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Debt Recovery Part 1


Debt recovery has always been a problem for businesses; in some cases, the debt represents a substantial proportion of their profits, tantalisingly out of reach unless they marshal legal and financial resources to obtain what is rightfully theirs.


The expense and time involved in legal methods for debt recovery mean that it is always advisable to attempt to reach an agreement with the other party. Indeed, a court will expect that the parties have acted reasonably in exchanging information to facilitate settlement before commencing proceedings.


Any agreement to change the time for payment, or to accept payment by instalments (a payment plan), should be recorded in writing and it should be clear what the consequences will be if the other party fails to adhere to the payment plan. Any agreement to accept less than the amount due must be carefully drafted to ensure that it is legally binding.


Financing


Factoring and Invoice Discounting


These are ways to raise short-term finance. It involves a company selling its book debts (and other receivables) due from its customers at a discount to a finance company for an immediate cash payment.


Both require specialist agreements and there are advantages and disadvantages which need to be considered.


Factoring


Factoring involves a legal assignment of the debt. A legal assignment must be in writing and notice of the assignment must be received by the customer.


Generally, a typical factoring process will involve a company supplying goods or services in the course of business and then sending an invoice and a notice of assignment to the customer. The company will then send a copy invoice to the factor who advances funds (equal to an agreed percentage of the gross invoice value) and will collect the debt and administer the sales ledger. Depending on the arrangement, the factor may or may not bear the risk that the customer will not pay.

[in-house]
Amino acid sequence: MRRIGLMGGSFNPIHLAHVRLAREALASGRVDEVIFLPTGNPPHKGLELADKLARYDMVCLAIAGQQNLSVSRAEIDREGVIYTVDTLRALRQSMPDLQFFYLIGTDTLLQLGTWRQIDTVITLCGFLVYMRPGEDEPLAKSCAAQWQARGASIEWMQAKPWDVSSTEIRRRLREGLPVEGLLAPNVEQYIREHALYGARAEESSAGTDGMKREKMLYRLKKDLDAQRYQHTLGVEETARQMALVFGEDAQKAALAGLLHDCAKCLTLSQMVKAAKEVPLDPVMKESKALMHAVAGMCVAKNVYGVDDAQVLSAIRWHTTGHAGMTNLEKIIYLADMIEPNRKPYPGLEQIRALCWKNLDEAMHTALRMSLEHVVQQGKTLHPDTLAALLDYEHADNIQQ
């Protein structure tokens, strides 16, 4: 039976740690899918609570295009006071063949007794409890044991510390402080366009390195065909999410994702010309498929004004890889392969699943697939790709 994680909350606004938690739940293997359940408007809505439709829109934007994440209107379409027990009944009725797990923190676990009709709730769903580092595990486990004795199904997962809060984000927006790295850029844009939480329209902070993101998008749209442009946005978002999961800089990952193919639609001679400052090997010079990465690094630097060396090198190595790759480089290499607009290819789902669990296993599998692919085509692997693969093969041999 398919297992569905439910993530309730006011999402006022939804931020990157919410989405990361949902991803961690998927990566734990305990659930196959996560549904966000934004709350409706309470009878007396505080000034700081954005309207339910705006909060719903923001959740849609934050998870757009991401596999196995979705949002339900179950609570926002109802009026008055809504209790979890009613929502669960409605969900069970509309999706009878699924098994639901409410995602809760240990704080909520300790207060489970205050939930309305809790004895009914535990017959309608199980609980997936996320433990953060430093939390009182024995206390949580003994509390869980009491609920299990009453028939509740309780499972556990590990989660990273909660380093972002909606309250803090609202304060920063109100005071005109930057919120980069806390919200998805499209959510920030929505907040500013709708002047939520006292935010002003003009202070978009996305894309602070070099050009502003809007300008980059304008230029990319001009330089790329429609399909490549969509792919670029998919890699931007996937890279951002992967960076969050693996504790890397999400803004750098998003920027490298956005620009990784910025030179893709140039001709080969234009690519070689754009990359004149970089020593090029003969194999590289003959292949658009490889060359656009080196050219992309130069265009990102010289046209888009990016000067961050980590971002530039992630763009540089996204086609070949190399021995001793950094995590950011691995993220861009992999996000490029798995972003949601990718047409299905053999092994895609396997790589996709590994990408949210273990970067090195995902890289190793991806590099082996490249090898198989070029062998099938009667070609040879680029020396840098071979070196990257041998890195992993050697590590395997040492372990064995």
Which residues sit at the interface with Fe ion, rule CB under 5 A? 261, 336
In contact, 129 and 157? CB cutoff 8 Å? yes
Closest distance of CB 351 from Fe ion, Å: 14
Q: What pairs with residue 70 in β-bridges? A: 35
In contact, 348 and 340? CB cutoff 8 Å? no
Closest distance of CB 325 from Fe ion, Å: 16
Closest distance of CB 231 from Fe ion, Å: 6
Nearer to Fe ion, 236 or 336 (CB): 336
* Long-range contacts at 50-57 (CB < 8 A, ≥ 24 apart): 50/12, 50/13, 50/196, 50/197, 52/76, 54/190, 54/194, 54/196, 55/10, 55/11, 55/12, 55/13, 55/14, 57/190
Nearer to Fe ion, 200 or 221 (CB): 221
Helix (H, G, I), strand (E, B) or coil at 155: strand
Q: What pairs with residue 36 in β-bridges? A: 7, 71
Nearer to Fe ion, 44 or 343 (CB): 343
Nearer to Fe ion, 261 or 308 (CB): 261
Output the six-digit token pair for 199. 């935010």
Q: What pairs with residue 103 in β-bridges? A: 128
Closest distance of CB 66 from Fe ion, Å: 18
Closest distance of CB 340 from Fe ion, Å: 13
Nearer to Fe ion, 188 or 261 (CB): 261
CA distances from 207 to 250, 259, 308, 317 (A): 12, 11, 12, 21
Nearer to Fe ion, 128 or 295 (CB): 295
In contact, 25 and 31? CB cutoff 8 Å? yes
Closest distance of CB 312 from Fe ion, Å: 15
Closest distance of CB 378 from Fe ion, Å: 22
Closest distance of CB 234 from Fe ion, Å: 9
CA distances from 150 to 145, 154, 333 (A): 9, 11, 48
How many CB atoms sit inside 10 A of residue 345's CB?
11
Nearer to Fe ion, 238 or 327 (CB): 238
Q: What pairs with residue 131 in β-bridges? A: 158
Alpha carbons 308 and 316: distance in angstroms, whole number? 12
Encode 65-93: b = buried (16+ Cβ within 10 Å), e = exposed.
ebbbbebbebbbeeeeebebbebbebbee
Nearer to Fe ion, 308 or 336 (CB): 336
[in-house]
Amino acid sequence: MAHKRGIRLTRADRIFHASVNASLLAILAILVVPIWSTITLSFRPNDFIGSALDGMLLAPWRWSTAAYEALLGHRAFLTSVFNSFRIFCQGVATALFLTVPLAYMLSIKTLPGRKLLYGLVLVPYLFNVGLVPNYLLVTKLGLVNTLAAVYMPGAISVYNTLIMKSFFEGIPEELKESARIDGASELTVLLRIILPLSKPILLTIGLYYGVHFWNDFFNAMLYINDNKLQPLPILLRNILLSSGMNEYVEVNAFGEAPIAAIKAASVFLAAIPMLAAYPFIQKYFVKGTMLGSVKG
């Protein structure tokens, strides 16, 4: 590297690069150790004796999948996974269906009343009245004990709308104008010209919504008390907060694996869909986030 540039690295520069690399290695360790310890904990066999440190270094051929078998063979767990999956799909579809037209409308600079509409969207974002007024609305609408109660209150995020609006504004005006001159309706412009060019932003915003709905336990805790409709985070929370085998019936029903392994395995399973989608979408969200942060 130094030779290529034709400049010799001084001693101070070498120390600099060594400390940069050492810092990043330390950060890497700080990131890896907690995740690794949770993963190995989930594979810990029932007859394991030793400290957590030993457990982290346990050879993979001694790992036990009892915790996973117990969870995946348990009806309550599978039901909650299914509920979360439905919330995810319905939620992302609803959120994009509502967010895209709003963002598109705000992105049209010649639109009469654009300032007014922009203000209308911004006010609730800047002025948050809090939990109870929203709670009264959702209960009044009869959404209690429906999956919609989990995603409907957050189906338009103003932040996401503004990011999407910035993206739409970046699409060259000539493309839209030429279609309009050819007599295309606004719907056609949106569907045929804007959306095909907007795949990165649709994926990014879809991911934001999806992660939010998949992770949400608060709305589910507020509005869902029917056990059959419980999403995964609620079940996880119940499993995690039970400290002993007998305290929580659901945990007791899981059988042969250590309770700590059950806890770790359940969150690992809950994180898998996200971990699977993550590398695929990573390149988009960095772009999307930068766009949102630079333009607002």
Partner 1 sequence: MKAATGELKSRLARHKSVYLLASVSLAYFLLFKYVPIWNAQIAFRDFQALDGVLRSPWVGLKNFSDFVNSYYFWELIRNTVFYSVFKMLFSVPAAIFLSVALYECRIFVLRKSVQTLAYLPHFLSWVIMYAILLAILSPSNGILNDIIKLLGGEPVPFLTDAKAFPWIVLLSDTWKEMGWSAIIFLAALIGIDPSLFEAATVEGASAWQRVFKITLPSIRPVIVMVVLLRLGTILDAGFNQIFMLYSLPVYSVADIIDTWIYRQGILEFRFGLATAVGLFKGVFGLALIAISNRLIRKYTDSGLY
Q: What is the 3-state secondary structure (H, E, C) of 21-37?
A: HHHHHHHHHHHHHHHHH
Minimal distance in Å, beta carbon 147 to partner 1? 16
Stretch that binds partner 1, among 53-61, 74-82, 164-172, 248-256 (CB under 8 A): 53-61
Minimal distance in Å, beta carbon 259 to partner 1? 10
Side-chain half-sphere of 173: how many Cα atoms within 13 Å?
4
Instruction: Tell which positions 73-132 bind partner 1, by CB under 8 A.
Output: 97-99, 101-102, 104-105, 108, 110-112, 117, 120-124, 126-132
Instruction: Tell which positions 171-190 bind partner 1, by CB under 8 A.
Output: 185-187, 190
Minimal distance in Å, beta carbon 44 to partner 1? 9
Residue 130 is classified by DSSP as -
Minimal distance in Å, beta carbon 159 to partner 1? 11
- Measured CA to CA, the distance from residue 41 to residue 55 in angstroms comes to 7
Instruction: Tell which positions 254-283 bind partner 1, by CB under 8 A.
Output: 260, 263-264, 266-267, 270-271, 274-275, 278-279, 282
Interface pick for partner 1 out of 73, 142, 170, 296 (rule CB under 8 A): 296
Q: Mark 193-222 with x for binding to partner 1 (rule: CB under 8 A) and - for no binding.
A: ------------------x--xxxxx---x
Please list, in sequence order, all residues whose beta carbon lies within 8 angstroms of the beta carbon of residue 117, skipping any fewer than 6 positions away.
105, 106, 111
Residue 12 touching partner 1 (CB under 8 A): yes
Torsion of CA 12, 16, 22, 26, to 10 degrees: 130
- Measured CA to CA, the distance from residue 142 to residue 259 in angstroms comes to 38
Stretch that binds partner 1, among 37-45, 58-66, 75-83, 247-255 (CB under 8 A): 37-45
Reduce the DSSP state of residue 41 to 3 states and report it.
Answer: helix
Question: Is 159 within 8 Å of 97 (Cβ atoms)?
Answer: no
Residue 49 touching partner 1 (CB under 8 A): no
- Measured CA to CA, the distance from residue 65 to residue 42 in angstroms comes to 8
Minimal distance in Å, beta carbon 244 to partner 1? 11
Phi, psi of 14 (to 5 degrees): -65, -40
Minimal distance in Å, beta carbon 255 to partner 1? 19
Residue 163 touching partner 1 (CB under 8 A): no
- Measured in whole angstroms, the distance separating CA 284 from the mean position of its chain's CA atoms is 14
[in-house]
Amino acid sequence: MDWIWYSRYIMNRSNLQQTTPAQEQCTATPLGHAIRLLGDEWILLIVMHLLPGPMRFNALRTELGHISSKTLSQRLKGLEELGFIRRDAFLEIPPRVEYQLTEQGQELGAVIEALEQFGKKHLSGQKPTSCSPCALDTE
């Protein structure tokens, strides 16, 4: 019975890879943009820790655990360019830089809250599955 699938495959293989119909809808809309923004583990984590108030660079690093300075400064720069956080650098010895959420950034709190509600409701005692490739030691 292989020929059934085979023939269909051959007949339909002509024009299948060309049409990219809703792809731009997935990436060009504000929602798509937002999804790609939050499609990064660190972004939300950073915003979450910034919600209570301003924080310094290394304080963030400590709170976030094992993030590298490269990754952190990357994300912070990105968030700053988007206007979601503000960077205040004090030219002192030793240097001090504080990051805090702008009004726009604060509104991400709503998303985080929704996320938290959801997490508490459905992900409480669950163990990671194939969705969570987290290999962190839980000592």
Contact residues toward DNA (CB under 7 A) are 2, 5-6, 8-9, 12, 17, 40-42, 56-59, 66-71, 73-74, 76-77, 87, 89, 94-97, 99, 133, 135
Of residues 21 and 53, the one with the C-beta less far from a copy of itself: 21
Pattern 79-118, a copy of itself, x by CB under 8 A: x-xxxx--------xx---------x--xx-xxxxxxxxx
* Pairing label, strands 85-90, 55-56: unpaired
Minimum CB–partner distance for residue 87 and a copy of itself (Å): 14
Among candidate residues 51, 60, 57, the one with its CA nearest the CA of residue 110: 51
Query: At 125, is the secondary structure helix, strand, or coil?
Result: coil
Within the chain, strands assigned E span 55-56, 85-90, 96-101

The advantages of this method can be:

  • A quick way to raise cash.

  • Suitable for small companies as it is a means of outsourcing debt collection.

  • Viable alternative to raising cash from other financial institutions.

  • If it is agreed, the risk of non-payment is passed to the factor (in this type of factoring, the amount of the advance payment is usually less).


The disadvantages can be:

  • If it is agreed that the factor will take on the risk of non-payment, the funds generated are usually lower.

  • If it is agreed that the factor will not take on the risk of non-payment, the company retains the risk.

  • Factors usually use tougher collection procedures than the company, which might harm the relationship with the customer.

  • The fact that the company factors its debts is disclosed to the customer, who may stop dealing with them as a result.


Invoice Discounting


Invoice discounting involves an equitable assignment of the debt. If the criteria for a legal assignment are not met, then it is an equitable assignment.


This is more suitable if the company has established credit control procedures because, unlike factoring, they will retain the responsibility for collecting the debts and administering the sales ledger.


Generally, a typical (undisclosed) invoice discounting process will involve the making of a discounting agreement with a factor. The company then supplies goods and services in the course of business and issue invoices. It notifies the factor that it has issued an invoice and the factor will advance an amount equal to the value of the book debts, less fees and less the agreed discount (which is dependent and appropriate on the level of risk assumed by the factor and is set out in the discounting agreement). It then collects the debt. The factor does not contact the customer. On receipt of payment from the customer, the company pays the whole amount to the factor. The factor deducts the amount already advanced, plus the interest accrued on the daily outstanding balance of those funds, and releases the balance back to the company.


The advantages can be:

  • A quick way to raise cash.

  • Undisclosed discounting is confidential and the customer does not know of the factor’s existence.

  • The company retains and manages its relationship with its customer.

  • The factor takes on the risks in discounting.


The disadvantages can be:

  • Increased administration involved in complying with the terms of the discounting agreement.

  • The interest payable can be high or extortionate in the case of bad debts.

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